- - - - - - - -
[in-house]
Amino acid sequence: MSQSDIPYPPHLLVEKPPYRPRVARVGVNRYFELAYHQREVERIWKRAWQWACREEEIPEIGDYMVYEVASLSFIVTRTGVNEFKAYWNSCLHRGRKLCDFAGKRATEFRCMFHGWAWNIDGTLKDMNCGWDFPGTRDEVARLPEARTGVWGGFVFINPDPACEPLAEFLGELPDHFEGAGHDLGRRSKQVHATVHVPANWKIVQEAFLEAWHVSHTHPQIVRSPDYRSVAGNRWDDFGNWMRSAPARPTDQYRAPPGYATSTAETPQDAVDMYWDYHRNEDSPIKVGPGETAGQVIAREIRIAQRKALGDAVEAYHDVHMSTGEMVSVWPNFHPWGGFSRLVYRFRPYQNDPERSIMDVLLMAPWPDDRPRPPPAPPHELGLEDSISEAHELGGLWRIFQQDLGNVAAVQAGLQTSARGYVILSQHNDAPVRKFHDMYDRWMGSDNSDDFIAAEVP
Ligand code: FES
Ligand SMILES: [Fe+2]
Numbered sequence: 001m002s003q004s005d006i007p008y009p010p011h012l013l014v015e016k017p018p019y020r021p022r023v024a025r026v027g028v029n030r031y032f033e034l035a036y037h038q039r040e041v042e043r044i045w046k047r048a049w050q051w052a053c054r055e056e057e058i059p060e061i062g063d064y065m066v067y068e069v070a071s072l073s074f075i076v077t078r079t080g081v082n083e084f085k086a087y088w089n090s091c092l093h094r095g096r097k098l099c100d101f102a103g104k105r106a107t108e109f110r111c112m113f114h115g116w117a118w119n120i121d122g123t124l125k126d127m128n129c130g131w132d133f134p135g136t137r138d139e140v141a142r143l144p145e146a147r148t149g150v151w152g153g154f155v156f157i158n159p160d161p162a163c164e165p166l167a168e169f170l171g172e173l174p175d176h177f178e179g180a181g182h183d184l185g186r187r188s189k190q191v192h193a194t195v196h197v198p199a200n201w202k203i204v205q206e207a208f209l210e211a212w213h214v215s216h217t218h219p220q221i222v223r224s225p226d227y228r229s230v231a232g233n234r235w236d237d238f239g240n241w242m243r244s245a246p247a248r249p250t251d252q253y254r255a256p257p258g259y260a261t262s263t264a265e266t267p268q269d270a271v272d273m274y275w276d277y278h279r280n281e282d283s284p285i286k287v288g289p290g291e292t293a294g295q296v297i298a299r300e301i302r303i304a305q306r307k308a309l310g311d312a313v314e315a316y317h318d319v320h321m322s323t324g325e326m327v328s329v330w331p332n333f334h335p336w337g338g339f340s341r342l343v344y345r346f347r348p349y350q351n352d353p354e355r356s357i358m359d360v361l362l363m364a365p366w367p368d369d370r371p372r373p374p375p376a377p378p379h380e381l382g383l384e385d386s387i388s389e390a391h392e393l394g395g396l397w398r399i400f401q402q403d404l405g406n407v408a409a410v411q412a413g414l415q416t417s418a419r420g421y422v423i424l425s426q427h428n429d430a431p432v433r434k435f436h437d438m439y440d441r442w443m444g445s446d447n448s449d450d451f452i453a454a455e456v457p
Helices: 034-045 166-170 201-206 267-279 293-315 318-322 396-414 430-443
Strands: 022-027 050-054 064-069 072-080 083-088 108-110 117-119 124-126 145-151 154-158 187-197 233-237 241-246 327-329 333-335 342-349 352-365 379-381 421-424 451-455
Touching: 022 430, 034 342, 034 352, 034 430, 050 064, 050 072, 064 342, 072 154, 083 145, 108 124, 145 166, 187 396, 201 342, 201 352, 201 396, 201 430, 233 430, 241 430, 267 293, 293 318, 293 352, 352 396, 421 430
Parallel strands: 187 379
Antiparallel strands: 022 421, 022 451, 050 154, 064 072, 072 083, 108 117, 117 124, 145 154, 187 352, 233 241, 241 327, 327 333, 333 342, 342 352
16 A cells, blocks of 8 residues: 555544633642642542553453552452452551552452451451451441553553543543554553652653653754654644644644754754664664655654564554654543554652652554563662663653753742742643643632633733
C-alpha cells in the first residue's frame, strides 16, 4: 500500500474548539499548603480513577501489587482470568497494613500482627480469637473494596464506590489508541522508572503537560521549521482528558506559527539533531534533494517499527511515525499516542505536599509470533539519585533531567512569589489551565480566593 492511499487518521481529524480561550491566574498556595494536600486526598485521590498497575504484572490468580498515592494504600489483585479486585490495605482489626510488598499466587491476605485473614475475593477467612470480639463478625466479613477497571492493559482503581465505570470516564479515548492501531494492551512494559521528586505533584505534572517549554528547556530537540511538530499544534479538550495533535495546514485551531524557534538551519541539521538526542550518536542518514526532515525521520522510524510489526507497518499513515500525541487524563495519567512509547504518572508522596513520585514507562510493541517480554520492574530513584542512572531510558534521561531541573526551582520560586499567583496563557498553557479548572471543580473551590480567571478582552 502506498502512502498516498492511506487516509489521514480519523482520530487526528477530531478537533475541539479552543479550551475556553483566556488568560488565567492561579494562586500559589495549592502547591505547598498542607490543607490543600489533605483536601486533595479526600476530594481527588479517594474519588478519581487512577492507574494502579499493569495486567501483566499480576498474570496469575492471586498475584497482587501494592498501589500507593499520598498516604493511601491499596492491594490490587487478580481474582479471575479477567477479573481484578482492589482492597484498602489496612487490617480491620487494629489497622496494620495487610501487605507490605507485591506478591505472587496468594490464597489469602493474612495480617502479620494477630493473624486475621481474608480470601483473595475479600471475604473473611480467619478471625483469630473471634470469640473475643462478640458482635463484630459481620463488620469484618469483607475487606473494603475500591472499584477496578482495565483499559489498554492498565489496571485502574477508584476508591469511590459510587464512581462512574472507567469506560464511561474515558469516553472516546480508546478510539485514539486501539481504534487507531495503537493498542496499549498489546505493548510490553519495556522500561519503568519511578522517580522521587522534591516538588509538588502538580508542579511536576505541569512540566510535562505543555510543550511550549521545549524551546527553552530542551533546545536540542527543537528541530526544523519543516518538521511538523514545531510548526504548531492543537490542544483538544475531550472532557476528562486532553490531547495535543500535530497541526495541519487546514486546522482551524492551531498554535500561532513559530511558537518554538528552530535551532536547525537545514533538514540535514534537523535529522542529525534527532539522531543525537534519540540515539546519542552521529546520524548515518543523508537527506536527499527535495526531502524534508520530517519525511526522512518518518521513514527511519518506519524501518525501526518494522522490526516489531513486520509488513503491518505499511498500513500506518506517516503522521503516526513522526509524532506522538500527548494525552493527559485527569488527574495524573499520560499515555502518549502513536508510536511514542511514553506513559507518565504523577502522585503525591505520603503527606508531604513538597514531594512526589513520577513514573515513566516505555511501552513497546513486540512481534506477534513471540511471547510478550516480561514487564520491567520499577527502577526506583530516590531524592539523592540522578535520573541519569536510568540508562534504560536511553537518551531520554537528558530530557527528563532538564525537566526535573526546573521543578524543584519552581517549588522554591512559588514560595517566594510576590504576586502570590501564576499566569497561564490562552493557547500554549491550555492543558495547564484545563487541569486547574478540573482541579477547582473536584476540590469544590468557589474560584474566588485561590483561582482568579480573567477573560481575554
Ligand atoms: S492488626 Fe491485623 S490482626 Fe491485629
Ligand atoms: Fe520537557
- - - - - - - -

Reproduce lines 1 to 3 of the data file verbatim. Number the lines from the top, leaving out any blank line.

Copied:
[in-house]
Amino acid sequence: MSQSDIPYPPHLLVEKPPYRPRVARVGVNRYFELAYHQREVERIWKRAWQWACREEEIPEIGDYMVYEVASLSFIVTRTGVNEFKAYWNSCLHRGRKLCDFAGKRATEFRCMFHGWAWNIDGTLKDMNCGWDFPGTRDEVARLPEARTGVWGGFVFINPDPACEPLAEFLGELPDHFEGAGHDLGRRSKQVHATVHVPANWKIVQEAFLEAWHVSHTHPQIVRSPDYRSVAGNRWDDFGNWMRSAPARPTDQYRAPPGYATSTAETPQDAVDMYWDYHRNEDSPIKVGPGETAGQVIAREIRIAQRKALGDAVEAYHDVHMSTGEMVSVWPNFHPWGGFSRLVYRFRPYQNDPERSIMDVLLMAPWPDDRPRPPPAPPHELGLEDSISEAHELGGLWRIFQQDLGNVAAVQAGLQTSARGYVILSQHNDAPVRKFHDMYDRWMGSDNSDDFIAAEVP
Ligand code: FES